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Marooned in Realtime by Vernor Vinge
Vinge swings for the fences with this Singularity novel and scores a grand-slam.
Pages: 273 (Paperback)
As a fan of both Vinge, and Singularity-themed sci-fi, I was anticipating Marooned In Realtime, despite a strange reluctance I felt about the title. Originally from 1986, this book is a sequel to The Peace War, which I haven't yet read, and features characters from the short story The Ungoverned which I had read in the excellent "True Names and Other Dangers" collection.
Marooned In Realtime opens on a post-Singularity apocalyptic Earth -- somewhere in the past, civilization reached the apex of achievement, and disappeared, leaving little evidence of what happened to them. A few clues are interpreted as indicating a global ascension to intellectual godhood, others seem to indicate a hostile alien intecession. The only ones left to pick up the pieces are those who have essentially time-traveled forward from before the singularity utilizing "bobble" technology -- a system for creating an impervious bubble of halted reality within for a set period of time. The stranded travelers are from different eras, some from the techno-utopia just prior to the singularity, some from earlier eras of lower technology. Some sent themselves forward intentionally to see the future, to watch the downfall of Earth, to see the Second Coming, or for their own reasons. Some were bobbled by accident, some even by hostile action.
All have been gathered together in one place in the far future by the Korolevs, a pair of women from the high-tech era who are intent on saving the human race from total extinction by collecting all remaining specimens in one place to start a new gene pool large enough for viability. Their goal is to re-start the progression of technology before all their existing high-tech gear fails and can no longer be repaired, refueled and replaced.
But in every Eden there is a snake and an apple, and before too many chapters the popular and gentle Marta Korolev is murdered -- Marooned in Realtime -- intentionally left outside the time-stopping bobbles when the entire colony deliberately jumps forward decades to allow the fallout of one of their actions to settle.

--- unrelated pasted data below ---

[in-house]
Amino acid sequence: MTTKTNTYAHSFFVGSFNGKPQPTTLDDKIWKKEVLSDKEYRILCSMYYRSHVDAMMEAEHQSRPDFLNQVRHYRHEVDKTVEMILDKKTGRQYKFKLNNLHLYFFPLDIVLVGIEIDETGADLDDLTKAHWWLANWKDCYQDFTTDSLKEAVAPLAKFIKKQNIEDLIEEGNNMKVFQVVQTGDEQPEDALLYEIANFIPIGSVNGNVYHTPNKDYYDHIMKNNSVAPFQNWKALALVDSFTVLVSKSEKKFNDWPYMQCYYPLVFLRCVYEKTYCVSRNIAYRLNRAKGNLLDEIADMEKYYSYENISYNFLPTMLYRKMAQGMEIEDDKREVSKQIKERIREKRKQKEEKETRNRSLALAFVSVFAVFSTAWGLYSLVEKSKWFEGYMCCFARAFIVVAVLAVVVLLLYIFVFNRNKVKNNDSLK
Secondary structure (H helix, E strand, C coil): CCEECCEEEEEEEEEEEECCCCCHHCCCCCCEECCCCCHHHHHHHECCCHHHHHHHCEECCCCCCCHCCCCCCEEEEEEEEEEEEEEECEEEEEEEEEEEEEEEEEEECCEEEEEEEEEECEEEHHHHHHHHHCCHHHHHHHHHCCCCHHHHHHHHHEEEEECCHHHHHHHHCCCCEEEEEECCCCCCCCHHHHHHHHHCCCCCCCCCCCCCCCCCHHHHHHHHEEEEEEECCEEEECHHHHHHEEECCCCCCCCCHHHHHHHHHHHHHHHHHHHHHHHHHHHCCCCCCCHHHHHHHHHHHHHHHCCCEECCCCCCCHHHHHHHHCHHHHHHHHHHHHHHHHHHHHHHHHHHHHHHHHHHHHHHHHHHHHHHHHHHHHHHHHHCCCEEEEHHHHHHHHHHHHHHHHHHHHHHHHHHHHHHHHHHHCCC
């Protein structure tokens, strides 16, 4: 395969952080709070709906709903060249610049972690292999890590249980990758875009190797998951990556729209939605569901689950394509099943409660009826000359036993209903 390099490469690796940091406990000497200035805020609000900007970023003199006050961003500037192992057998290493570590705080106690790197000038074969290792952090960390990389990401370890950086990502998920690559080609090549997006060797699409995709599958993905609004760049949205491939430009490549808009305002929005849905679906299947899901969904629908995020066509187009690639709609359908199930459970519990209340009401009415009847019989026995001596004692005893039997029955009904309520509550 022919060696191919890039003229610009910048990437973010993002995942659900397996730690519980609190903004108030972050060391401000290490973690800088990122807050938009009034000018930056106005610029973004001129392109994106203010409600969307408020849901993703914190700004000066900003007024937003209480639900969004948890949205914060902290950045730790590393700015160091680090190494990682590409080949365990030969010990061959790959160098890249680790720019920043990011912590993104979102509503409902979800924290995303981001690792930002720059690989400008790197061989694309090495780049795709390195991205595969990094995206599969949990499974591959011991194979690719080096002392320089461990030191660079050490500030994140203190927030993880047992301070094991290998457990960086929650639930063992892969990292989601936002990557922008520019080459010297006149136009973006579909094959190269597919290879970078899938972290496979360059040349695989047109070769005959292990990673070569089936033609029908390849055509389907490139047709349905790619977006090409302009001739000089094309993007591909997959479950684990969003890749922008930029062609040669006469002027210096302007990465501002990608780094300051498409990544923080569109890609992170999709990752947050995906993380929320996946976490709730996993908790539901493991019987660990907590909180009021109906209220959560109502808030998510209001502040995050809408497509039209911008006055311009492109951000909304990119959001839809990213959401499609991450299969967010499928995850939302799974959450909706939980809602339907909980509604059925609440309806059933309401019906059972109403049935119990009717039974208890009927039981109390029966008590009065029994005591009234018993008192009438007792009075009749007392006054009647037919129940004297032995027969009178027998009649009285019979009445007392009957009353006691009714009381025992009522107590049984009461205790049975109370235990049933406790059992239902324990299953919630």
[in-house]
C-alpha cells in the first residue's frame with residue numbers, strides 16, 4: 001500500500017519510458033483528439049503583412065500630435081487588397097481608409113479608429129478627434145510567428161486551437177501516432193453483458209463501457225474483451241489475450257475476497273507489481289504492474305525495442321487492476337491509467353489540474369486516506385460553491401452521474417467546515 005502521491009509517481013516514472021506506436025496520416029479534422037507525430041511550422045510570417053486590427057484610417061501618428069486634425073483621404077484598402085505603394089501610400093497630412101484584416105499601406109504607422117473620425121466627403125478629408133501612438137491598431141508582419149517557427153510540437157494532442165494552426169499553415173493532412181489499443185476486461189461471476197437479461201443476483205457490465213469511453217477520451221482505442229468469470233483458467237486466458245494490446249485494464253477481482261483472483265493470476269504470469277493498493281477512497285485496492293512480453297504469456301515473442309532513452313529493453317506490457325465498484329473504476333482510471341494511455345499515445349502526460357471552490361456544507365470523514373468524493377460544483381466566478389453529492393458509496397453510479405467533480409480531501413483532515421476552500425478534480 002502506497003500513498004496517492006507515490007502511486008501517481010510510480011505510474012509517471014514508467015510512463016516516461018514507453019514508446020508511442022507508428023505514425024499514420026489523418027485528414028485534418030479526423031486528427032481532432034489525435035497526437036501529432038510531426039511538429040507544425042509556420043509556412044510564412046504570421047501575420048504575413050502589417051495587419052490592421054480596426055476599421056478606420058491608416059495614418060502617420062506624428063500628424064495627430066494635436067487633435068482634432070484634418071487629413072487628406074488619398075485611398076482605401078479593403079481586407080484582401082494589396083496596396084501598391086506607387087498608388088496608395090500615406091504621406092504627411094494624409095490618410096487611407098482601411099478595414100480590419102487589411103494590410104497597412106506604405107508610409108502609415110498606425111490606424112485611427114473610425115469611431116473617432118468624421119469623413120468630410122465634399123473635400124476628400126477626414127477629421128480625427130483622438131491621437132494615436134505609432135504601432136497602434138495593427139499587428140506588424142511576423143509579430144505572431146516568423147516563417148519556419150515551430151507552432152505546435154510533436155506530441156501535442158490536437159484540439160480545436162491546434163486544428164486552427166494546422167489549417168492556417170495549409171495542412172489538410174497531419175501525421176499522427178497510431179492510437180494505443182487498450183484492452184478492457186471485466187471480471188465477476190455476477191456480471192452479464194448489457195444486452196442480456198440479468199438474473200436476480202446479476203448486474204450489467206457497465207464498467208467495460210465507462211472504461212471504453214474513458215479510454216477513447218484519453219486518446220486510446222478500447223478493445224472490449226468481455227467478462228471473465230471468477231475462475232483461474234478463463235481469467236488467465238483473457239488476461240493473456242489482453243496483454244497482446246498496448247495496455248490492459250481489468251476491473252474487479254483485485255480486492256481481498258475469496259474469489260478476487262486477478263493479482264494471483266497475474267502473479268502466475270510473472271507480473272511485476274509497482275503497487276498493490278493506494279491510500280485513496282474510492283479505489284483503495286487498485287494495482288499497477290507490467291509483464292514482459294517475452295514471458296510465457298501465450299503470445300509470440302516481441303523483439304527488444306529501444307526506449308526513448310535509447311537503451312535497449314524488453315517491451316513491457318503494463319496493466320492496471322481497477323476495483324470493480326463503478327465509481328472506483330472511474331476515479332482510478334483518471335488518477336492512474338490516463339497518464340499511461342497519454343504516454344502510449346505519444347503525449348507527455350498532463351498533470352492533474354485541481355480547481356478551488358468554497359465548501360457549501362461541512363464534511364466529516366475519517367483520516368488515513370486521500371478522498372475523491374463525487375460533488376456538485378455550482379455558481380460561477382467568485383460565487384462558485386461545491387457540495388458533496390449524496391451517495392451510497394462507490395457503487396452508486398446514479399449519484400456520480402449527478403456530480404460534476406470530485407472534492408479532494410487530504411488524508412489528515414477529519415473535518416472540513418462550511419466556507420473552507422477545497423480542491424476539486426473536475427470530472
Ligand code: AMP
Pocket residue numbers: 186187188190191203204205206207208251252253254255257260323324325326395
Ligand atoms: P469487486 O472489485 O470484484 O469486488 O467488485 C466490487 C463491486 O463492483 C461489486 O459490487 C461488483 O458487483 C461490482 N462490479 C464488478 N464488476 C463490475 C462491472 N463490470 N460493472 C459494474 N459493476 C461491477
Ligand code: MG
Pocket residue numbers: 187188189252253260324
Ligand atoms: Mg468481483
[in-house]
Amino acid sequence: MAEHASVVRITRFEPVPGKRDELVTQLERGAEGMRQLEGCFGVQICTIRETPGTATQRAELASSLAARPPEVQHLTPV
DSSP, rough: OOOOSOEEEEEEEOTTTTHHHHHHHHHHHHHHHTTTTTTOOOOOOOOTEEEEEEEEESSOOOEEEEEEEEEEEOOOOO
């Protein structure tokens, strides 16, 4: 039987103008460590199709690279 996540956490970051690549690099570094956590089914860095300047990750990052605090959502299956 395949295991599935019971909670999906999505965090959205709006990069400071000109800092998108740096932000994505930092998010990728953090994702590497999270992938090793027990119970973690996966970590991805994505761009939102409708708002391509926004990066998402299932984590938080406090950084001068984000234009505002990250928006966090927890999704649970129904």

The last colonist to see Marta alive is W. W. Brierson, a "low-tech", a police detective from an earlier era. Recruited by Yelen Korolev to solve the mystery of Marta's murder, he plunges in over his head in alien territory as he uncovers clues. Along the way he is assisted by Yelen, as well as Della Lu, a bizarre being, physically human, but changed by nine thousand years of living as a deep-space explorer who left Earth shortly before the singularity. Is Yelen actually the murderer? Is Della an alien masquerading as human to destroy the settlement? What about the guy who sent Brierson into the future unwillingly, tearing him from his life and family, who still walks the colony as a free man under a new identity?
Vinge is a master of the art. His characters are intricate with many levels and hidden features, like an origami bird. His technology is solid and not flashy -- while the Bobbles are the MacGuffin and workhorse of the plot, they never really undermine the plot. The story is built atop Bobbles, but the story is the star. There is real emotion between the characters and plenty of detective-story mystery, clues and red herring. The final whodunnit will surprise everyone.
This is a singularity story that works, partly because it doesn't let the singularity "gee-whiz" factor overpower the story. Mostly this is because the singularity is a side-artifact that simply sets the stage for the forlorn Earth and its few lonely children. The character of Della Lu and the missing Earth inhabitants are reminiscent of the storyline of the haunting game/novel "Portal", which I also enjoyed greatly.
Like Vinge's A Fire Upon the Deep and A Deepness in the Sky (which I have yet to review here), this is a top-notch book that I'd recommend to anyone.
Marooned in Realtime (paperback)